Agencies

[Federal Register Volume 85, Number 162 (Thursday, August 20, 2020)]
[Rules and Regulations]
[Pages 51337-51340]
From the Federal Register Online via the Government Publishing Office [www.gpo.gov]
[FR Doc No: 2020-17878]


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SOCIAL SECURITY ADMINISTRATION

20 CFR Part 426

[Docket No. SSA-2020-0002]
RIN 0960-AI47


Improved Agency Guidance Documents

AGENCY: Social Security Administration.

ACTION: Final rule.

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SUMMARY: This final rule explains our process for issuing guidance 
documents under Executive Order (E.O.) 13891, ``Promoting the Rule of 
Law Through Improved Agency Guidance Documents.'' We will follow this 
process when we issue future guidance documents that meet the criteria 
set forth in the E.O. and the Office of Management and Budget's (OMB) 
guidance on the E.O.

DATES: This final rule will be effective September 21, 2020.

FOR FURTHER INFORMATION CONTACT: Jennifer Dulski, Office of Regulations 
and Reports Clearance, Social Security Administration, 6401 Security 
Boulevard, Baltimore, MD 21235-6401, (410) 966-2341. For information on 
eligibility or filing for benefits, call our national toll-free number, 
1-800-772-1213 or TTY 1-800-325-0778, or visit our internet site, 
Social Security Online, at http://www.socialsecurity.gov.

SUPPLEMENTARY INFORMATION: On October 9, 2019, President Trump issued 
E.O. 13891.\1\ E.O. 13891 mandates that agencies, consistent with 
applicable law, finalize regulations, or amend existing regulations as 
necessary, to explain the process for issuing guidance documents as 
defined by the E.O. We are publishing this final rule to fulfill E.O. 
13891's requirements.
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    \1\ 84 FR 55235, available at: https://www.federalregister.gov/documents/2019/10/15/2019-22623/promoting-the-rule-of-law-through-improved-agency-guidance-documents.
---------------------------------------------------------------------------

    As defined in E.O. 13891, guidance documents are agency statements 
of general applicability, intended to have future effect on the 
behavior of regulated parties, that set forth a policy on a statutory, 
regulatory, or technical issue, or an interpretation of a statute or 
regulation. Unless the document falls within an enumerated exclusion to 
this definition,\2\ any document that satisfies this definition would 
qualify as a guidance document, regardless of name or format.
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    \2\ E.O. 13891 section 2 (b) lists the following as exclusions 
to the definition of guidance document: (i) Rules promulgated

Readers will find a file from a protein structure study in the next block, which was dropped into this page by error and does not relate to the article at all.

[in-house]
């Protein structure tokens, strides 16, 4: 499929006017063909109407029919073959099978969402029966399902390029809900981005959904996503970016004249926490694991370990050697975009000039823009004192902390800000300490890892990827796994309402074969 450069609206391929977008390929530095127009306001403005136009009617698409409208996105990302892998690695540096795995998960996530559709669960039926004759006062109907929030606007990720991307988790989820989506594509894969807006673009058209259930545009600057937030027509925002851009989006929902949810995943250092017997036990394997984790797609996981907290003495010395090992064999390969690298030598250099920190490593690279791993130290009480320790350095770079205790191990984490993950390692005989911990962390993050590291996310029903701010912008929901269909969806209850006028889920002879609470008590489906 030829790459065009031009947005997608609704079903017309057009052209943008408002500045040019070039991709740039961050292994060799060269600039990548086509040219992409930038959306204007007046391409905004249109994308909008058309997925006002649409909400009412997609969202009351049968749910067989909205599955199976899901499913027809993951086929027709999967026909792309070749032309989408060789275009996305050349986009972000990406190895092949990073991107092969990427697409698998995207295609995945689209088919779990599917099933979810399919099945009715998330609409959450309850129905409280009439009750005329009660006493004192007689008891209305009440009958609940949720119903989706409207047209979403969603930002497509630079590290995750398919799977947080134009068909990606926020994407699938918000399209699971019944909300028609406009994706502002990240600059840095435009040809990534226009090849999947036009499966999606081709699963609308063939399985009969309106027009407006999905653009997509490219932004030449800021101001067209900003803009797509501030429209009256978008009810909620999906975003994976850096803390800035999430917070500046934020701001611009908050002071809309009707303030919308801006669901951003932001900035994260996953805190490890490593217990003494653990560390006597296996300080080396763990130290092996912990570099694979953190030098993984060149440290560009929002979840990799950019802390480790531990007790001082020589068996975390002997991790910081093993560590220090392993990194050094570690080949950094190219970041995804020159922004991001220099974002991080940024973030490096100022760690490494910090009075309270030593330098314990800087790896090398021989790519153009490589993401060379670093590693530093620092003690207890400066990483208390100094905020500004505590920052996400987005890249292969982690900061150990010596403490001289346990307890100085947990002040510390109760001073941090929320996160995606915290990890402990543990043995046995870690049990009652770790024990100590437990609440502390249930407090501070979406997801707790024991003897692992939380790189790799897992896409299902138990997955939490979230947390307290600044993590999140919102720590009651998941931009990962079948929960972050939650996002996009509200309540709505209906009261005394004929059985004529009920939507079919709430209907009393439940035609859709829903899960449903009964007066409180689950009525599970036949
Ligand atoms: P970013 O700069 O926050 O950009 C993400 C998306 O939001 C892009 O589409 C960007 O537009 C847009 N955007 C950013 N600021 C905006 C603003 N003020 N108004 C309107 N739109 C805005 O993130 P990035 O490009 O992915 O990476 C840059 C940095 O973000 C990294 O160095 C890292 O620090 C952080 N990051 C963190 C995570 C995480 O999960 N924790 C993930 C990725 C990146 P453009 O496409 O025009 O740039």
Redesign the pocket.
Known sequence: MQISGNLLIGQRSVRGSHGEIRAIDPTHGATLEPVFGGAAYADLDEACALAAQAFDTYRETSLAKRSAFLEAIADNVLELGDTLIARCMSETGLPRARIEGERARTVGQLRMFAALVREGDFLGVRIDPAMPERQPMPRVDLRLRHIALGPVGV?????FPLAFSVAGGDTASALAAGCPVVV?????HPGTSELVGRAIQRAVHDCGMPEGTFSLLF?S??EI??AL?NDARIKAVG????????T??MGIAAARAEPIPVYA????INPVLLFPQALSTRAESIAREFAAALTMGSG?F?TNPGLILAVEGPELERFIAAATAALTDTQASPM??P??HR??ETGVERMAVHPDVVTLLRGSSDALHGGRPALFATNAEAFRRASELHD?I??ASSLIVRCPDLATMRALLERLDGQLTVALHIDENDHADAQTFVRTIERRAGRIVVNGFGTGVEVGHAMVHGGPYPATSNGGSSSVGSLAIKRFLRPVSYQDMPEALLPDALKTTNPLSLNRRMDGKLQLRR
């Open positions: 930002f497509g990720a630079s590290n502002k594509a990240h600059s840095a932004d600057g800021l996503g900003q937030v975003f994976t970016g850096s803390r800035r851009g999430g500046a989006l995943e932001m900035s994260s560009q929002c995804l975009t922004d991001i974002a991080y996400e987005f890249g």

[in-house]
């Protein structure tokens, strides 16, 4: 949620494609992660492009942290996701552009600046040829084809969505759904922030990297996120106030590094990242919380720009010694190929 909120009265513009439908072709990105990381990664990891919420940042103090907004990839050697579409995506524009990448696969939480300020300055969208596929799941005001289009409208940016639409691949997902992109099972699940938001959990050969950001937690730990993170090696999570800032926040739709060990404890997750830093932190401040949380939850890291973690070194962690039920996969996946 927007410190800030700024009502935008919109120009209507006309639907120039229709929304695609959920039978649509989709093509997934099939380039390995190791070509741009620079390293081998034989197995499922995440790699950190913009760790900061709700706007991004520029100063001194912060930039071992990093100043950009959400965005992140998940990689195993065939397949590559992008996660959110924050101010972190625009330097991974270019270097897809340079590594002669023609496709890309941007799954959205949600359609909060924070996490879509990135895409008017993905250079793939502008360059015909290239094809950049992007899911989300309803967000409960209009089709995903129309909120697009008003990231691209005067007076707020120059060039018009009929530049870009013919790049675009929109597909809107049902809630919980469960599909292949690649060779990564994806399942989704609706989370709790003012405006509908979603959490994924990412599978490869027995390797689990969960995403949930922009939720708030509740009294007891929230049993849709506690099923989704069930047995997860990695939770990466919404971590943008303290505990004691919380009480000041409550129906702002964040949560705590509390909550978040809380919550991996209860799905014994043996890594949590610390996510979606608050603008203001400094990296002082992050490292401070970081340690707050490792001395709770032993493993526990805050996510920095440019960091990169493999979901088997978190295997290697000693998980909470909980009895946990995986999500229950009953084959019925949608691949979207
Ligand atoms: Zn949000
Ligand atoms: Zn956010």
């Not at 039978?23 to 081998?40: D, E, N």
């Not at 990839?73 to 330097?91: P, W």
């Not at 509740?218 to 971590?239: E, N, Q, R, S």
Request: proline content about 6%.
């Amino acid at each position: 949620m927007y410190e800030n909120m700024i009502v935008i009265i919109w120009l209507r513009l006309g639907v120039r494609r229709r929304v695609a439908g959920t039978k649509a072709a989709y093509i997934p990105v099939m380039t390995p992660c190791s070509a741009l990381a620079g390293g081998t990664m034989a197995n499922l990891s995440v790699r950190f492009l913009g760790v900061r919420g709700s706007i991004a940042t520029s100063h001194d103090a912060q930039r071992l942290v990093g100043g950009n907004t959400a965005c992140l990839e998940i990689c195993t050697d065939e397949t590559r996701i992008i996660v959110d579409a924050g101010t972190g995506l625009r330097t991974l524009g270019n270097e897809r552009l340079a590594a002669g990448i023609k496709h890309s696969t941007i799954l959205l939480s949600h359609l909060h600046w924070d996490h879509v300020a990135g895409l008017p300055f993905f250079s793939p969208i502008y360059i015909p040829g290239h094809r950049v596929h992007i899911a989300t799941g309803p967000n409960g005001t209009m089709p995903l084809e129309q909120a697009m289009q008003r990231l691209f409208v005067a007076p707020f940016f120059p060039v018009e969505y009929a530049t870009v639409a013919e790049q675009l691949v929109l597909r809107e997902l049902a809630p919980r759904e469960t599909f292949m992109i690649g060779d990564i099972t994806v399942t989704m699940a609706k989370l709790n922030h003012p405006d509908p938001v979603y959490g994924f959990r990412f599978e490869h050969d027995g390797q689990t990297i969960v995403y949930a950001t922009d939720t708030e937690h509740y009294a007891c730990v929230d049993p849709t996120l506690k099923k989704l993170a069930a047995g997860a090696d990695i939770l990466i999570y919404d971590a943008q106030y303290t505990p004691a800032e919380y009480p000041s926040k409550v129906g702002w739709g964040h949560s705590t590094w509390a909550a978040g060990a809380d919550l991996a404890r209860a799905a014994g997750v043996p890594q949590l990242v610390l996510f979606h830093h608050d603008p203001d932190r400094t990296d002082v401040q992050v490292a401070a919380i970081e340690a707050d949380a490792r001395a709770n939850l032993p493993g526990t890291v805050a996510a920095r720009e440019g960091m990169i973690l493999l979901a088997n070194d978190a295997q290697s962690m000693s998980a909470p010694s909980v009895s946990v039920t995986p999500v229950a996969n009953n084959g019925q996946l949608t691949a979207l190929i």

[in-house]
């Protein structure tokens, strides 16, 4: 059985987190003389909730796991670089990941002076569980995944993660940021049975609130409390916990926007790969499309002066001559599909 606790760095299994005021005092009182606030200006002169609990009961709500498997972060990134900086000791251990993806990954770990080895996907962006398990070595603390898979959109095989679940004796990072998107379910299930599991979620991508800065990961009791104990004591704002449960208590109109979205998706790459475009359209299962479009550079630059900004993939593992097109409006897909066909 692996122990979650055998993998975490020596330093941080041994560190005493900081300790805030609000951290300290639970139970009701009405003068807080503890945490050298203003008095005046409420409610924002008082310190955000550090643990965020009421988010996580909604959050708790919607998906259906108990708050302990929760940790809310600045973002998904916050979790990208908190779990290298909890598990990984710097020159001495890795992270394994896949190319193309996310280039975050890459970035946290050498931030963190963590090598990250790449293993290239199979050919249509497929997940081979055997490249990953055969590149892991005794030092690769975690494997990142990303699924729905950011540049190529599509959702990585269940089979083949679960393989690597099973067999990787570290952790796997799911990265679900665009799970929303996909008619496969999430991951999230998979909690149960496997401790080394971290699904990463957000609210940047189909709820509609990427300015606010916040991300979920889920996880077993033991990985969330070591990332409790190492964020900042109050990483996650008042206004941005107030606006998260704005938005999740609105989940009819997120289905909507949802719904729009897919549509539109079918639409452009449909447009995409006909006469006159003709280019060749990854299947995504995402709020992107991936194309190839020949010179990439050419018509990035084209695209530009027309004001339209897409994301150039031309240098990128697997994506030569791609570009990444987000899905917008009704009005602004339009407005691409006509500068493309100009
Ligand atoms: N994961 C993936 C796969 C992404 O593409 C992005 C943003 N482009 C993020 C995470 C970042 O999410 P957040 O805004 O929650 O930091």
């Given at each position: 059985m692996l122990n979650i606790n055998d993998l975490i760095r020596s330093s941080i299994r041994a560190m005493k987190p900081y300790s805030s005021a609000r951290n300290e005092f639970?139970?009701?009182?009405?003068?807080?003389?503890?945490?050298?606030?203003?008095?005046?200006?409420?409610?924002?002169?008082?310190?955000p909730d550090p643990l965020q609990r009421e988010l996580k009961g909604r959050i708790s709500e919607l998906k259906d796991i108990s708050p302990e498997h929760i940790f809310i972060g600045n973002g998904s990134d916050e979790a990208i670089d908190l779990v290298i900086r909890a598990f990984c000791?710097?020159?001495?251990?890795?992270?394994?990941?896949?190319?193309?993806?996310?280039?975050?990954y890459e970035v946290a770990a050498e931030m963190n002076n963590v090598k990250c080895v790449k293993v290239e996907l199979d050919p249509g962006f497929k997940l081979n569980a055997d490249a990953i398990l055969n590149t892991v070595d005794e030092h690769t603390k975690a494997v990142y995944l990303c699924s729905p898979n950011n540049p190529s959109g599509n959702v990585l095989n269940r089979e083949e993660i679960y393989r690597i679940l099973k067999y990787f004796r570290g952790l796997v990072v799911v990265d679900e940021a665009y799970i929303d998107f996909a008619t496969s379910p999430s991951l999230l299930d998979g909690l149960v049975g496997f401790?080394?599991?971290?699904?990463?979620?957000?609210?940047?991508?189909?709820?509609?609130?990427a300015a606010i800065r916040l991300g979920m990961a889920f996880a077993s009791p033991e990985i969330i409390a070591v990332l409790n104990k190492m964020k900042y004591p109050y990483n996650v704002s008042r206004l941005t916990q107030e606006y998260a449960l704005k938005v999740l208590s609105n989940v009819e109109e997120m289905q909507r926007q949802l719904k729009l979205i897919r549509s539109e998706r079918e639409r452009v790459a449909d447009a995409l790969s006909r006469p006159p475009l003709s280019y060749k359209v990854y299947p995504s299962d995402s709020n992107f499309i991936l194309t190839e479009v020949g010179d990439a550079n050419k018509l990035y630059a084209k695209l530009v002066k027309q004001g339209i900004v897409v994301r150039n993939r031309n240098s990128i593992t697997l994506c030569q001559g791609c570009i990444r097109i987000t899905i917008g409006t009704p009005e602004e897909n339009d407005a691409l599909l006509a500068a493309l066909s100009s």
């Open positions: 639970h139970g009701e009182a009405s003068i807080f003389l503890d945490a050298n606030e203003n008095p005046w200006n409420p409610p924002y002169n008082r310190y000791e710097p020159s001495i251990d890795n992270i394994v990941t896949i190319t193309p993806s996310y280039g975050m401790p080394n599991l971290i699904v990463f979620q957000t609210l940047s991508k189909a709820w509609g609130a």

pursuant to notice and comment under section 553 of title 5, United 
States Code, or similar statutory provisions; (ii) rules exempt from 
rulemaking requirements under section 553(a) of title 5, United 
States Code; (iii) rules of agency organization, procedure, or 
practice; (iv) decisions of agency adjudications under section 554 
of title 5, United States Code, or similar statutory provisions; (v) 
internal guidance directed to the issuing agency or other agencies 
that is not intended to have substantial future effect on the 
behavior of regulated parties; and (vi) internal executive branch 
legal advice or legal opinions addressed to executive branch 
officials. See 84 FR at 55235-36.
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    The documents that we issue include Program Operations Manual 
System (POMS) instructions; the Hearings, Appeals and Litigation Law 
(HALLEX) manual; Social Security Rulings (SSR); and Acquiescence 
Rulings.\3\ Most of the documents that we issue do not qualify as 
guidance documents under E.O. 13891; however, some may. We will use

[[Page 51338]]

the process in this final rule for the documents we issue, as 
appropriate.
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    \3\ See other written guidelines in 20 CFR 404.1602 and 416.1002 
for more information about POMS and SSRs. See 20 CFR 402.35 for 
information about where we publish SSRs and ARs. See 20 CFR 404.985 
and 416.1485 for more information about ARs. Additionally, our POMS 
instructions are publicly available at https://secure.ssa.gov/poms.nsf/Home?readform, our HALLEX manual is publicly available at 
https://www.ssa.gov/OP_Home/hallex/hallex.html, and our SSRs and ARs 
are publicly available at https://www.ssa.gov/OP_Home/rulings/rulings.html.